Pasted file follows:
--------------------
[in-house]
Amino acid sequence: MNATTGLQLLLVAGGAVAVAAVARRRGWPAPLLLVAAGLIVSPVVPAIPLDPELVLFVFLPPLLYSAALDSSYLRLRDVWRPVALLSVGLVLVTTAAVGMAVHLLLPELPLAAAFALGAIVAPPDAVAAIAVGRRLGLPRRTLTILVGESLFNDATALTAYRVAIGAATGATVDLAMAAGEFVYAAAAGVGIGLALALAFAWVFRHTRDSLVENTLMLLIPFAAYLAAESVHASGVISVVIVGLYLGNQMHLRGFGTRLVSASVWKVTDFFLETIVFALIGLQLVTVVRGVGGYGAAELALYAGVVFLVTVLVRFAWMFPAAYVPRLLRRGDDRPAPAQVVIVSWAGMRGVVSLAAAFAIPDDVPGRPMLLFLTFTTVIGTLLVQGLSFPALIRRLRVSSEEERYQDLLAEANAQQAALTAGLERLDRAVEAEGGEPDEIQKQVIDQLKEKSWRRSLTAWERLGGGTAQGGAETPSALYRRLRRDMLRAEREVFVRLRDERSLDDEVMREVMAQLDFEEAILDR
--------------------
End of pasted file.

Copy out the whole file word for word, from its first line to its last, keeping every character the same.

[in-house]
Amino acid sequence: MNATTGLQLLLVAGGAVAVAAVARRRGWPAPLLLVAAGLIVSPVVPAIPLDPELVLFVFLPPLLYSAALDSSYLRLRDVWRPVALLSVGLVLVTTAAVGMAVHLLLPELPLAAAFALGAIVAPPDAVAAIAVGRRLGLPRRTLTILVGESLFNDATALTAYRVAIGAATGATVDLAMAAGEFVYAAAAGVGIGLALALAFAWVFRHTRDSLVENTLMLLIPFAAYLAAESVHASGVISVVIVGLYLGNQMHLRGFGTRLVSASVWKVTDFFLETIVFALIGLQLVTVVRGVGGYGAAELALYAGVVFLVTVLVRFAWMFPAAYVPRLLRRGDDRPAPAQVVIVSWAGMRGVVSLAAAFAIPDDVPGRPMLLFLTFTTVIGTLLVQGLSFPALIRRLRVSSEEERYQDLLAEANAQQAALTAGLERLDRAVEAEGGEPDEIQKQVIDQLKEKSWRRSLTAWERLGGGTAQGGAETPSALYRRLRRDMLRAEREVFVRLRDERSLDDEVMREVMAQLDFEEAILDR